Evaluation of the supplementation of a feed additive as a potential protector against the adverse effects of 2.5 ppm T-2 toxin on growing broiler chickens

Avaliação da suplementação de um aditivo alimentar como um protetor potencial contra os efeitos adversos de 2,5ppm de toxina T-2 em frangos em crescimento

ABSTRACT

A trial was conducted to evaluate a feed additive containing epoxidase activity from a bacterium (Mycofix-S) as a potential protection against the adverse effects of 2.5 ppm dietary T-2 toxin in male growing broiler chickens. A total of 144 one-day-old Ross 308 male chicks were individually wing-banded and allotted into each of the four experimental groups. Group 1: negative control, no T-2 toxin or additive; group 2: Mycofix-S, 2.5 g/kg; group 3: positive control, 2.5 ppm T-2 toxin; group 4: 2.5 ppm T-2 toxin + 2.5 g/kg Mycofix-S. Feed and water were provided ad libitum for 28 days (days 1 to 28 of age). Each experimental treatment was replicated 6 times, with 6 birds per replicate pen. Response variables included performance parameters, serum activity of alkaline phosphatase (ALP) and amylase, relative weight of selected organs and histology of the upper digestive system. T-2 toxin at 2.5 ppm significantly (P = 0.016) decreased the 28-day body weight gain and cumulative feed intake without affecting feed conversion. The feed additive counteracted these adverse effects. Serum enzyme activities were not significantly (P>0.05) affected for the four experimental groups but when data from the groups receiving T-2 toxin was pooled and compared against the pooled data from groups without the toxin a significant decrease in amylase activity was observed in chickens receiving T-2 toxin. The histological examination of the upper digestive system revealed lesions in mouth, esophagus, proventriculus, gizzard and duodenum in the chickens fed T-2 toxin without the additive. Chickens fed T-2 toxin plus the additive showed lesions in the same tissues except in the duodenum. The results of the present study show that the addition of 2.5 g/kg of the feed additive tested protects against adverse effects on performance and also the integrity of the duodenal mucosa.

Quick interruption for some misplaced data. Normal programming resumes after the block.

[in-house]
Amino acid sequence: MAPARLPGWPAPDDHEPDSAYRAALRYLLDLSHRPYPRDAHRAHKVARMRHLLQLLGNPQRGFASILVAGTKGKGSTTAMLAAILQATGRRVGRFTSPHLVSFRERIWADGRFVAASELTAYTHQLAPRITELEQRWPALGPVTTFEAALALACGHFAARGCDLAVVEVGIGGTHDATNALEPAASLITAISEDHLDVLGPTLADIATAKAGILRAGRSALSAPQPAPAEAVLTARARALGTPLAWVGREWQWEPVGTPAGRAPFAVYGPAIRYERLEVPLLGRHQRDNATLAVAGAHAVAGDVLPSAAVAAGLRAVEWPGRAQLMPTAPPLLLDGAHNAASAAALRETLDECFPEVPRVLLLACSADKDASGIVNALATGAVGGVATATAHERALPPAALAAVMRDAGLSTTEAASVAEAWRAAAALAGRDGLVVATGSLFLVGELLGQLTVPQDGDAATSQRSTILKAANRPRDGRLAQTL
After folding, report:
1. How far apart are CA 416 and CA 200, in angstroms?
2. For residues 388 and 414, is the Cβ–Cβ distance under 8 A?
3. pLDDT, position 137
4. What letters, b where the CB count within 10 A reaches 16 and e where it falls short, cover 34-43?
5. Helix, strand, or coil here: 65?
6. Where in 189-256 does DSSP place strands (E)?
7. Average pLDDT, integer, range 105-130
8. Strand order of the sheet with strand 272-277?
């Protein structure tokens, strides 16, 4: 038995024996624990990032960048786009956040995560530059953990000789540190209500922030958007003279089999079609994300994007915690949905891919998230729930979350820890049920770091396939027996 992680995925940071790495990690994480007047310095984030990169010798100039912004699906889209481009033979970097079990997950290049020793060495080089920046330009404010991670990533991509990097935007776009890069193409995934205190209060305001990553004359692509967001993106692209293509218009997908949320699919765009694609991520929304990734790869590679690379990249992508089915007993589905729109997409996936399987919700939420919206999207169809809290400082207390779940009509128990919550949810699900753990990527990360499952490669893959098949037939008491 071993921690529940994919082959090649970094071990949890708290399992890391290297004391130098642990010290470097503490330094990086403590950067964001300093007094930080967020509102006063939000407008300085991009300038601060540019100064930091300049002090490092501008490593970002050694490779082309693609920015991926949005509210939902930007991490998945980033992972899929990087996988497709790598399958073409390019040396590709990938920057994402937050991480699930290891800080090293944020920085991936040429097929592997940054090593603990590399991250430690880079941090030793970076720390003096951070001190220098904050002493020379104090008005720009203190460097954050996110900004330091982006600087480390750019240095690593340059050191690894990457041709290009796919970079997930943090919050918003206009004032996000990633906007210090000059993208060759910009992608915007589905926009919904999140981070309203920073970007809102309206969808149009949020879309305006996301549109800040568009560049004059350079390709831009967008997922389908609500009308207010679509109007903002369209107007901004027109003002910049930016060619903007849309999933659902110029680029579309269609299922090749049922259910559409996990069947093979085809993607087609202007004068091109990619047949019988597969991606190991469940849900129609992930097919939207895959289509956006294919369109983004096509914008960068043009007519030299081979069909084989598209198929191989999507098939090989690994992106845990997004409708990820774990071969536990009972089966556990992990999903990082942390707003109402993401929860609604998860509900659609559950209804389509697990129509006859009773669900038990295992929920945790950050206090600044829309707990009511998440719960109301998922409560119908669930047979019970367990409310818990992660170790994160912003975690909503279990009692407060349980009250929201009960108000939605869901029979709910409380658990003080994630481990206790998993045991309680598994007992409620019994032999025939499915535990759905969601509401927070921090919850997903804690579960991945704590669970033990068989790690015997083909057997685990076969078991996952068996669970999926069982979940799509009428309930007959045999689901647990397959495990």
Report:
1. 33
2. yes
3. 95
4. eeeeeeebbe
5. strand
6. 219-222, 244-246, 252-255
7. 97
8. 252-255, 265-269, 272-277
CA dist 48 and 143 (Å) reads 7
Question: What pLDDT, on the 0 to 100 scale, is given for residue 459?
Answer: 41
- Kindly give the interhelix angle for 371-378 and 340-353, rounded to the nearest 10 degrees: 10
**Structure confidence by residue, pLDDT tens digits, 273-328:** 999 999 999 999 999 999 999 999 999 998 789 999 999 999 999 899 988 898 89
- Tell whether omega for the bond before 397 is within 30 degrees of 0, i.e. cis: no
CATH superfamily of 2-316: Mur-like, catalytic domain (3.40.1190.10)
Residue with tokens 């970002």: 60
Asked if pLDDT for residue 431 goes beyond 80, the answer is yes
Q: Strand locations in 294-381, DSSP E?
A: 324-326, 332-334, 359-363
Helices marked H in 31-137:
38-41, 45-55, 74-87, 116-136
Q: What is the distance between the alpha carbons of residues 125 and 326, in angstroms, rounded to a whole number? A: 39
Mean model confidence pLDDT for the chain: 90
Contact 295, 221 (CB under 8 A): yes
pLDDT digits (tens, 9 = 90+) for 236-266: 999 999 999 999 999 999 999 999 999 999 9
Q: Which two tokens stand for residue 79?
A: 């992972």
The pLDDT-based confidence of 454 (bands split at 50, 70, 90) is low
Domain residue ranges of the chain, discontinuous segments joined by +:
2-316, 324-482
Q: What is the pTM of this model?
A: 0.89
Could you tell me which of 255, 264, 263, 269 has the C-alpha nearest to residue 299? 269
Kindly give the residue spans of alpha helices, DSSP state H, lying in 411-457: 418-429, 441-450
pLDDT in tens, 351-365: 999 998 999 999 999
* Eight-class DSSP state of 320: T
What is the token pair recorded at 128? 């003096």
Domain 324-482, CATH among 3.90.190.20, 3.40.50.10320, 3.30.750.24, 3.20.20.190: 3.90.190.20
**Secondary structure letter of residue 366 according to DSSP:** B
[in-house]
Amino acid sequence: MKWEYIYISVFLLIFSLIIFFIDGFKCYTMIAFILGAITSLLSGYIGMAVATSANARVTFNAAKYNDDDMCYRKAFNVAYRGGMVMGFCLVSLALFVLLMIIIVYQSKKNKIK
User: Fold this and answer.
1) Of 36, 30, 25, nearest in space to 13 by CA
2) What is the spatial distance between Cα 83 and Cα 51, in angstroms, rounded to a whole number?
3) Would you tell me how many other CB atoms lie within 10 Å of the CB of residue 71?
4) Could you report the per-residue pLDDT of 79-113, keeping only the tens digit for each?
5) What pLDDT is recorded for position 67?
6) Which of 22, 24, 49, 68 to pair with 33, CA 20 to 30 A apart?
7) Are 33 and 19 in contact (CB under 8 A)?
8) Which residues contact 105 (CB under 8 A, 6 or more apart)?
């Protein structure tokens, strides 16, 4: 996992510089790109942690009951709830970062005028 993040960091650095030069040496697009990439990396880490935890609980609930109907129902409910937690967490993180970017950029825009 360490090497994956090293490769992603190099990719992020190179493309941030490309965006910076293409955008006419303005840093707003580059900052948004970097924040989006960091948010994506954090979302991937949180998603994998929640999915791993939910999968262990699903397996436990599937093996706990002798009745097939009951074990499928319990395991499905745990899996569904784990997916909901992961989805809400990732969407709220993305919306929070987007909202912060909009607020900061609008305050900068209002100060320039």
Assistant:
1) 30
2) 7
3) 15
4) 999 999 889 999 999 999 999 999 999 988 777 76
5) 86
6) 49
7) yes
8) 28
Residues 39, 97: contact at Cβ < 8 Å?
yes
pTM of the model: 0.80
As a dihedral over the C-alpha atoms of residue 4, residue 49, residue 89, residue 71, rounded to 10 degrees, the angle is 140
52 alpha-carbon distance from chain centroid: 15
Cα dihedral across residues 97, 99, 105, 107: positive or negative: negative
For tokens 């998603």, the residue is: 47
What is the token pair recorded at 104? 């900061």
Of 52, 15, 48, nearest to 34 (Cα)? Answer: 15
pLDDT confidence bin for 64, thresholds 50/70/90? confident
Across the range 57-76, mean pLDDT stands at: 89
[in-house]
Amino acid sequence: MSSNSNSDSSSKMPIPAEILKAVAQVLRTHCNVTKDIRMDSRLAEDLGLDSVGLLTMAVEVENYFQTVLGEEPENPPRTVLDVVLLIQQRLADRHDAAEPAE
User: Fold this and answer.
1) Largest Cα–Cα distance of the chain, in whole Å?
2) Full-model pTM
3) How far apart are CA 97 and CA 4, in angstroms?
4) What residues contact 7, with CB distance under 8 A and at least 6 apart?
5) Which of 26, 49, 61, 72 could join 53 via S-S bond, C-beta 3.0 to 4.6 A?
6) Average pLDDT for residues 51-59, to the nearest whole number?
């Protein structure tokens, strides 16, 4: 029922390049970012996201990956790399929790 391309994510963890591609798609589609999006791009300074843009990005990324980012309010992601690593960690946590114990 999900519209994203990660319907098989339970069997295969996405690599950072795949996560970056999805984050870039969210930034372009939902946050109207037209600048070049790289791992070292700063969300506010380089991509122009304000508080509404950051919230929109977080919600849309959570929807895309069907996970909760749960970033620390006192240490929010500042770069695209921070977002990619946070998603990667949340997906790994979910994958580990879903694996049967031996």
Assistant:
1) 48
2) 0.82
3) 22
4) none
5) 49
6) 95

Keywords:
ALP; amylase; epoxidase; mycotoxin decontamination; trichothecenes

RESUMO

Foi realizado um experimento com o objetivo de avaliar um aditivo alimentar contendo atividade de epoxidase de uma bactéria (Mycofix-S) como proteção potencial contra os efeitos adversos de uma dieta com 2,5ppm de toxina T-2 em frangos de corte machos. Um total de 144 pintos machos Ross 308 de um dia de idade foram marcados na asa individualmente e alocados em um de quatro grupos experimentais: grupo 1: controle negativo, sem toxina T-2 ou aditivo; grupo 2: 2,5g/kg de Mycofix-S; grupo 3: controle positivo, 2,5ppm de toxina T-2; grupo 4: 2,5ppm de toxina T-2 + 2,5g/kg de Mycofix-S. Alimento e água foram fornecidos ad libitum por 28 dias (dias um a 28 de idade). Cada tratamento experimental foi replicado seis vezes, com seis pintos por gaiola de replicação. As variáveis de resposta incluíram parâmetros de desempenho, atividade sérica de fosfatase alcalina (ALP) e amilase, peso relativo de órgãos selecionados e histologia do sistema digestivo superior. A toxina T-2 a 2,5ppm diminuiu significativamente (P = 0.016) o ganho de peso corporal aos 28 dias e o consumo de alimento acumulado, sem afetar a conversão alimentar. O aditivo diminuiu os efeitos adversos. As atividades séricas das enzimas não foram afetadas significativamente (P>0.05) nos quatro grupos experimentais, porém, quando os dados dos grupos que receberam a toxina T-2 foram combinados e comparados com o pool de dados dos grupos sem toxina, foi observado um decréscimo significativo da atividade de amilase nos frangos que receberam a toxina T-2. O exame histológico do sistema digestivo superior revelou lesões em boca, esôfago, pró-ventrículo, moela e duodeno nos frangos alimentados com toxina T-2 sem aditivo. Frangos alimentados com toxina T-2 mais aditivo mostraram lesões nos mesmos tecidos, exceto no duodeno. Os resultados do presente estudo mostram que a adição de 2,5g/kg do aditivo alimentar testado protege contra os efeitos adversos sobre o desempenho e a integridade da mucosa duodenal.

Palavras-chave:
ALP; amilase; epoxidase; descontaminação de micotoxinas; tricotecenos

INTRODUCTION